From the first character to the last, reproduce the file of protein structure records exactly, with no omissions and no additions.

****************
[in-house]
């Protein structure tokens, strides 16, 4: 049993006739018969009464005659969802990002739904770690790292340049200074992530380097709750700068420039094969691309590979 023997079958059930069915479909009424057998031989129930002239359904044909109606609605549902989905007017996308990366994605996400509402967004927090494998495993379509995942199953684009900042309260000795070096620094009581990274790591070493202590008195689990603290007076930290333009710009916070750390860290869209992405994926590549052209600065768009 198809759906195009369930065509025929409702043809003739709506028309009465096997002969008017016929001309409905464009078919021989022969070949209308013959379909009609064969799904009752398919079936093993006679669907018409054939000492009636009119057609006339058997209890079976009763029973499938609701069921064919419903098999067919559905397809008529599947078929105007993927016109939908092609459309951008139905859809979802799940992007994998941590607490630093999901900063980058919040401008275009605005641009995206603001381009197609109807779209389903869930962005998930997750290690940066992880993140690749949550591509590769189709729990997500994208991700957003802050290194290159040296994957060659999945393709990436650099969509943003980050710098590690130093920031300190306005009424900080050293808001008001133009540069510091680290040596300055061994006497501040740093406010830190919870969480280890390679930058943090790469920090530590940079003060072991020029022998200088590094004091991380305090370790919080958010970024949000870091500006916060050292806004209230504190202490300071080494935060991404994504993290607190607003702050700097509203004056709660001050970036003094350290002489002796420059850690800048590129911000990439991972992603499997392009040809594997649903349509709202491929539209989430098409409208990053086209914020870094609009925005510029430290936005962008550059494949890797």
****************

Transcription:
[in-house]
């Protein structure tokens, strides 16, 4: 049993006739018969009464005659969802990002739904770690790292340049200074992530380097709750700068420039094969691309590979 023997079958059930069915479909009424057998031989129930002239359904044909109606609605549902989905007017996308990366994605996400509402967004927090494998495993379509995942199953684009900042309260000795070096620094009581990274790591070493202590008195689990603290007076930290333009710009916070750390860290869209992405994926590549052209600065768009 198809759906195009369930065509025929409702043809003739709506028309009465096997002969008017016929001309409905464009078919021989022969070949209308013959379909009609064969799904009752398919079936093993006679669907018409054939000492009636009119057609006339058997209890079976009763029973499938609701069921064919419903098999067919559905397809008529599947078929105007993927016109939908092609459309951008139905859809979802799940992007994998941590607490630093999901900063980058919040401008275009605005641009995206603001381009197609109807779209389903869930962005998930997750290690940066992880993140690749949550591509590769189709729990997500994208991700957003802050290194290159040296994957060659999945393709990436650099969509943003980050710098590690130093920031300190306005009424900080050293808001008001133009540069510091680290040596300055061994006497501040740093406010830190919870969480280890390679930058943090790469920090530590940079003060072991020029022998200088590094004091991380305090370790919080958010970024949000870091500006916060050292806004209230504190202490300071080494935060991404994504993290607190607003702050700097509203004056709660001050970036003094350290002489002796420059850690800048590129911000990439991972992603499997392009040809594997649903349509709202491929539209989430098409409208990053086209914020870094609009925005510029430290936005962008550059494949890797």